Web site filters fact from fiction

Rumors: Los Angeles couple distinguishes true stories from the false.

November 12, 2001|By Julie Hinds | Julie Hinds,KNIGHT RIDDER/TRIBUNE

Did Muhammad Ali make a crack about Hitler while visiting the World Trade Center?

Have seven women died from sniffing perfume samples sent in the mail?

Can garlic and oil of oregano treat anthrax?

No, no and no, assure Barbara and David Mikkelson, who are doing their part to soothe a frazzled nation.

The Los Angeles-based couple are the voices of reason behind Snopes.com (www.snopes.com), a Web site that serves as a clearinghouse for urban legends.

Since Sept. 11, Barbara, 42, and David, 41, have been sifting through the mountain of rumors spawned by the terrorist attacks.

For the husband-and-wife team, making sense of half-truths and half-baked theories is a hobby and a passion.

"Believe it or not, this is what we do for fun," says Barbara Mikkelson.

In recent weeks, Snopes.com has debunked several rumors, like the warning to stay away from malls on Halloween and the gossip that Osama bin Laden owns Snapple.

The site has become so popular, it's drawn more than 2 million hits on some days.

So who are these amateur sleuths?

He's a Web programmer. She describes herself as a housewife who devotes most waking moments to the site.

Appropriately enough, they met in a Web discussion group about urban legends. Six years ago, they started their own site.

On Snopes.com, the latest rumors of war are listed and color-coded, with red dots for false ones, green dots for true ones and yellow dots for those still being scrutinized. Visitors can click each rumor to read the in-depth results of the couple's investigations.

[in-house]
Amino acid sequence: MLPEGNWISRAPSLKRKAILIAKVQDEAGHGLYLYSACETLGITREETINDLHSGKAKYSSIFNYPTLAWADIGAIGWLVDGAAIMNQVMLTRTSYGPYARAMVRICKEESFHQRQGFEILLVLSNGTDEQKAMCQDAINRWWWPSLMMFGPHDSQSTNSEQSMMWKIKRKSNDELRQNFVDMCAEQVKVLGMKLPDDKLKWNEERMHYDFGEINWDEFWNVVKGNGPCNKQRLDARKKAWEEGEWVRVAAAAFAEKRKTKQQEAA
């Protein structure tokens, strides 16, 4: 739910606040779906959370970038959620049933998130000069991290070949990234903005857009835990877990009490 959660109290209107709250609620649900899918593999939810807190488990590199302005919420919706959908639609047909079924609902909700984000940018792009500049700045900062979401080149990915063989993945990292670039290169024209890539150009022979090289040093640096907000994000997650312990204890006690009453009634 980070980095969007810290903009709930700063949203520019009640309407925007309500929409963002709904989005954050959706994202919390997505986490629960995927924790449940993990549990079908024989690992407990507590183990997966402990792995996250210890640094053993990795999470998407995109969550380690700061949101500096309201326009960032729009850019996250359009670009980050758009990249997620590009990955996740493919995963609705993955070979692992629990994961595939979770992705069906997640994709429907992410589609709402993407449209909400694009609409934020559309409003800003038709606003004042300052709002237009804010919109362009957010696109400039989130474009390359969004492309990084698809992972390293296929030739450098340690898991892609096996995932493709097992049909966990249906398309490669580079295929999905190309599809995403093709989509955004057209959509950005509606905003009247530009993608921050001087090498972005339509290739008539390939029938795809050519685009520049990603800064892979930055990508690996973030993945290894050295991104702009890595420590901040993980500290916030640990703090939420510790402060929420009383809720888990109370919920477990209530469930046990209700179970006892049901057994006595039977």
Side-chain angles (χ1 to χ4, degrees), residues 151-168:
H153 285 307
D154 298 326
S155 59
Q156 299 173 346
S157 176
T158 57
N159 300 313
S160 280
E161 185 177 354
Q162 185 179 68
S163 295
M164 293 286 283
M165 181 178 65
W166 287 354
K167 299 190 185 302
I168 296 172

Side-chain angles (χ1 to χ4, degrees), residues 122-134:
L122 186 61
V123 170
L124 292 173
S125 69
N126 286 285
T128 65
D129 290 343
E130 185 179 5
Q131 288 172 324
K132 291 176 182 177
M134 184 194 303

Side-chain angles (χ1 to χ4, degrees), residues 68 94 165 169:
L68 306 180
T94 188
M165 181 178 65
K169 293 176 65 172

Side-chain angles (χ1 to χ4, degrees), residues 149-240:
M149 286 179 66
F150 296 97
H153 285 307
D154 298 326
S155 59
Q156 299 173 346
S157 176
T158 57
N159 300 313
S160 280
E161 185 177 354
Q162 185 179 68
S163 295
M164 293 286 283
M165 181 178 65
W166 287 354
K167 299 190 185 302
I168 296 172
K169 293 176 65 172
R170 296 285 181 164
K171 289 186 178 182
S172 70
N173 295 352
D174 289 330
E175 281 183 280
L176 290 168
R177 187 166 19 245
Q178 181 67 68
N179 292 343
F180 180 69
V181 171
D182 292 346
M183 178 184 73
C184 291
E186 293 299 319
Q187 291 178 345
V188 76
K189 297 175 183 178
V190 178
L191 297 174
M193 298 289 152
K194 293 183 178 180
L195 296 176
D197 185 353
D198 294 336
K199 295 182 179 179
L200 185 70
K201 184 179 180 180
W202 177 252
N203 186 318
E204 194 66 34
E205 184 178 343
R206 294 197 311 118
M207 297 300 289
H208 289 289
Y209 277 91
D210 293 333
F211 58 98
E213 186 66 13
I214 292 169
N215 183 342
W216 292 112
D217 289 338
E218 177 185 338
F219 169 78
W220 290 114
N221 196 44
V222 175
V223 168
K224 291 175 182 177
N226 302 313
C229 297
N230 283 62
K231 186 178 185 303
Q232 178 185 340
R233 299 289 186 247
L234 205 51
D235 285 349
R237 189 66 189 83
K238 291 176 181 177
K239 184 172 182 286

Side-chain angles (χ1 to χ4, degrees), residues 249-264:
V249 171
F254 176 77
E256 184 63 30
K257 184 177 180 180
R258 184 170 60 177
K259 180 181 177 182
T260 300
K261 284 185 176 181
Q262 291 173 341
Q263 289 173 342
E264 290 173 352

To check the facts of a rumor, the Mikkelsons scour the Web and nearby libraries. Sometimes, they turn to government agencies or private businesses for help.

When the rumor surfaced that an Afghan man had warned his ex-girlfriend to stay away from malls on Halloween, they contacted the FBI's press office. They found out that an inquiry had been conducted and the story wasn't credible.

No hoax is too absurd for them. When an e-mail circulated urging women to strip naked and go outside to flush out offended terrorists, they used it as an opportunity to discuss the role of humor in tragedy.

Why has Sept. 11 spawned so many tall tales? Because urban legends are a reflection of society's fears and coping mechanisms.

"This is part of how we deal with times of tragedy," says Barbara Mikkelson. "Rumors reduce the unimaginable to something you can handle."

The mall rumor, for instance, made it seem as if you could stay safe by avoiding a specific place at a specific time. If only it were that easy.

"With terrorism, you feel so powerless because you don't know where or when the next attack is coming," she says. "That rumor was one way to take back that sense of control."

Although some people feel as if it's their duty to pass on rumors, Mikkelson advises taking a cautious approach.

"Sit on your hands and don't forward an e-mail five minutes after you get it," she says. "Take a little time to think about it first."

Or, better yet, send it to her for verification.

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